Matthew 23: 2-12

“The scribes and the Pharisees sit in Moses’ seat.  Therefore, whatever they tell you to observe, that observe and do, but do not do according to their works; for they say, and do not do.  For they bind heavy burdens, hard to bear, and lay them on men’s shoulders; but they themselves will not move them with one of their fingers.  But all their works they do to be seen by men.  They make their phylacteries broad and enlarge the borders of their garments.  They love the best places at feasts, the best seats in the synagogues, greetings in the marketplace, and to be called by men Rabbi, Rabbi.  But you, do not be called Rabbi; for One is your teacher, the Christ and you are all brethren.  Do not call anyone on earth your father; for One is your Father, He who is in heaven.  And do not be called teachers; for One is your Teacher, the Christ.  But he who is greatest among you shall be your servant.  And whoever exalts himself will be humbled, and he who humbles himself will be exalted.”

When Jesus says “they do not practice what they preach”, who is Jesus talking about?  Not just the scribes and Pharisees.  Not just those who lived a long time ago; not even just religious professionals.  Could Jesus’ sharp words be about you and me?

The “scribes and Pharisees” are said to “tie up burdens and lay them on the shoulders of others”.  Could it be me that Jesus is talking about?  Do I ever act in that way?  Is it me who likes to have my status made clear to others?  Or do I really want to become a humble servant as Jesus suggests that I should?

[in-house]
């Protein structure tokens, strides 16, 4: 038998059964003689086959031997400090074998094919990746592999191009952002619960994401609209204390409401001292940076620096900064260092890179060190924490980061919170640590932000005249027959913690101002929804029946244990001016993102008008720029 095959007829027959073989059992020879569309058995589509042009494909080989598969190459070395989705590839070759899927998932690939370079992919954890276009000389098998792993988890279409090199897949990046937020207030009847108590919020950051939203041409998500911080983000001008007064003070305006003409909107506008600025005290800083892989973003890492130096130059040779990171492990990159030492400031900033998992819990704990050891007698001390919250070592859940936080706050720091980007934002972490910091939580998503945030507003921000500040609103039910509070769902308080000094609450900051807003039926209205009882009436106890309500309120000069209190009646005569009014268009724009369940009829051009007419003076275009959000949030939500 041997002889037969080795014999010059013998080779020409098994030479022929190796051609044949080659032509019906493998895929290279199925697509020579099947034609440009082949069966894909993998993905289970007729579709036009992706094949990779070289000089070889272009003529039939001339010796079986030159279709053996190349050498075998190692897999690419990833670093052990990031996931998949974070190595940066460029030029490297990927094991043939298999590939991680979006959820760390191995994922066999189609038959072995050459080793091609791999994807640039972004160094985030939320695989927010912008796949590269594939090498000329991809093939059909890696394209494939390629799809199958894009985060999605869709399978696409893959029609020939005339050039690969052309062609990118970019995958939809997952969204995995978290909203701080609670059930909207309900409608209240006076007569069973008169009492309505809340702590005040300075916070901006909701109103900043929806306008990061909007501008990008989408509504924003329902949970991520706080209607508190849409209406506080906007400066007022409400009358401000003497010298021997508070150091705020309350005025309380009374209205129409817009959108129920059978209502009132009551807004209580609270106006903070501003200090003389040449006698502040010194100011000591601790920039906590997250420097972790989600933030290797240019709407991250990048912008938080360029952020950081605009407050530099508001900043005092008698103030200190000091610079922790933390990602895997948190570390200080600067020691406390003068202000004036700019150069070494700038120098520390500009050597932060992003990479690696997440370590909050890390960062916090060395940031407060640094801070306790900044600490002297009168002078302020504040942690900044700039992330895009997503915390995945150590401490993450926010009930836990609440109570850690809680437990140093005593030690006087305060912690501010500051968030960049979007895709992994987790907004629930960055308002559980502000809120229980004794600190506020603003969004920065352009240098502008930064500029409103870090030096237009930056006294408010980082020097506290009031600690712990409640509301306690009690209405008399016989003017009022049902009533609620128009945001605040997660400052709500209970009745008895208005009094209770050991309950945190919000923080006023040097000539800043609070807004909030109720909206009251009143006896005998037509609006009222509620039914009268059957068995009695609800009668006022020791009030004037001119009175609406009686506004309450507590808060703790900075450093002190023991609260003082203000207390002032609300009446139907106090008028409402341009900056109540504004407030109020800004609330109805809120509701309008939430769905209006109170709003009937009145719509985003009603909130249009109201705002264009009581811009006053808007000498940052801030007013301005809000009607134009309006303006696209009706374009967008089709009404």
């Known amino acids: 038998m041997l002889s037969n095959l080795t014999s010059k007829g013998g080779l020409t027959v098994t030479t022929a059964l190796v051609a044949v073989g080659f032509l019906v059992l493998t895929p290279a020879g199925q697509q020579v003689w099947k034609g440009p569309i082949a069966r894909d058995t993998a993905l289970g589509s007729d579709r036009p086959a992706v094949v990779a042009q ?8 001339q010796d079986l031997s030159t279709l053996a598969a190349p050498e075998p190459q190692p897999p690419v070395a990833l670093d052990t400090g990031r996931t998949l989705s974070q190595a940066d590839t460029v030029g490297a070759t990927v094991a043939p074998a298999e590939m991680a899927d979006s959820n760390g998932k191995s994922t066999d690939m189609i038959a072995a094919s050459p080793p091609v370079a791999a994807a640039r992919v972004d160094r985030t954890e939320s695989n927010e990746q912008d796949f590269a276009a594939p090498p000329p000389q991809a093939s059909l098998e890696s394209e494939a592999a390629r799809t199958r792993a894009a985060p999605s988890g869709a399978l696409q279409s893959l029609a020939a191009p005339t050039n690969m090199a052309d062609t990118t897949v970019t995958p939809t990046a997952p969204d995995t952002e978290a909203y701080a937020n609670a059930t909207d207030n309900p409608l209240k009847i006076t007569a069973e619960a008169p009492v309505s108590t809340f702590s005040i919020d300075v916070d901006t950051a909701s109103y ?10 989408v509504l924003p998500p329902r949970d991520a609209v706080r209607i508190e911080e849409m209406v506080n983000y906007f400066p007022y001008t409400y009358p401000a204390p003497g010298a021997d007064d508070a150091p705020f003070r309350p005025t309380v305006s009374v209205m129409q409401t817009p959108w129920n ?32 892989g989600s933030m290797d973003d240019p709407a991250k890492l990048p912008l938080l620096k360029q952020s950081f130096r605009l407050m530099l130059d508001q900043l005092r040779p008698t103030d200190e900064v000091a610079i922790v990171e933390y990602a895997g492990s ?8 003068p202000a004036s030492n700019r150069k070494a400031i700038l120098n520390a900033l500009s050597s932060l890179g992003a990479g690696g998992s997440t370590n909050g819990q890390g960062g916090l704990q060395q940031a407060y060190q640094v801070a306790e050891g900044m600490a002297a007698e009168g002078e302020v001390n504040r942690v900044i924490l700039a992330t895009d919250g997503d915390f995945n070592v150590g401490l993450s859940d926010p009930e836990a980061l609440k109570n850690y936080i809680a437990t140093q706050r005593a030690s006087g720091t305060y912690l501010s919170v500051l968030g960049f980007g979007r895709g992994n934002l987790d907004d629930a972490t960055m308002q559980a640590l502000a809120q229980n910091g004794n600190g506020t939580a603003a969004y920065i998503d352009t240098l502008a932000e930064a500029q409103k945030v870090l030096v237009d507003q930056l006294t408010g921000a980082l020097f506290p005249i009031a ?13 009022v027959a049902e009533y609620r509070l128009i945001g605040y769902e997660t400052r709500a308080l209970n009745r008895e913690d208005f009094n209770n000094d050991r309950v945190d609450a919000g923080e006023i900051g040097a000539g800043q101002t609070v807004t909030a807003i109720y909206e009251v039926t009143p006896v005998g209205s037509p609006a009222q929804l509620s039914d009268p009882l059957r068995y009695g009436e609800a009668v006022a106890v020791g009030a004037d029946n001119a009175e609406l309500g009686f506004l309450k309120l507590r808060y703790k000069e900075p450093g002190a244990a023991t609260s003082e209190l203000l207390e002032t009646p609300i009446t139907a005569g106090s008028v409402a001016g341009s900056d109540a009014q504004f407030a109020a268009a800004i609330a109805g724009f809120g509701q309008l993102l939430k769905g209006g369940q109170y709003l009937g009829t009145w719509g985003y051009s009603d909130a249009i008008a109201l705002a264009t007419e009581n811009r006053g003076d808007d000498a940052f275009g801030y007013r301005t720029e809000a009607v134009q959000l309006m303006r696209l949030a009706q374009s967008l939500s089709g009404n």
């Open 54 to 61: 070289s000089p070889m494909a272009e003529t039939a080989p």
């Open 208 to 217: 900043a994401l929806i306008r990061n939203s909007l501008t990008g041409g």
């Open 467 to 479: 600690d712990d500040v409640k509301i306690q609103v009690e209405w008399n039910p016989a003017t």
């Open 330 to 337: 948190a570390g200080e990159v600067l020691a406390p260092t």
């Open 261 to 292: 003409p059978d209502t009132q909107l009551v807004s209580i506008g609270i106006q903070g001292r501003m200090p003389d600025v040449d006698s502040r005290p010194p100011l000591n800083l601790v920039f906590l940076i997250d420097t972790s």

Taken from Pray as You Go Application

Jesuit Media Initiative part of the Society of Jesus Trust of 1929 for Roman Catholic Purposes

1 John 4:7-10

“Beloved, let us love one another, for love is of God; and everyone who loves is born of God and knows God.  He who does not love does not know God, for God is love.  In this, the love of God was manifested toward us, that God has sent His only begotten Son into the world, that we might live through Him.  In this is love, not that we loved God, but that He loved us and sent His Son to be the propitiation for our sins.”

In this passage from John’s first letter, we hear what is probably the greatest single statement about God in the Bible: GOD IS LOVE.  The greatest expression of God’s love was his sending of his Son into the world so that we might live through Him.  GOD IS LOVE tells us what God does.  Love is an activity, not a quality.  Saying that God is Love suggests an active, engaging God, someone who wants to be in a relationship with us; not a remote, “hands-off”, intellectual concept.  God creates lovingly, God saves lovingly, God judges lovingly.  Are there ways in my life that I can engage with God more openly?  more actively?  move lovingly?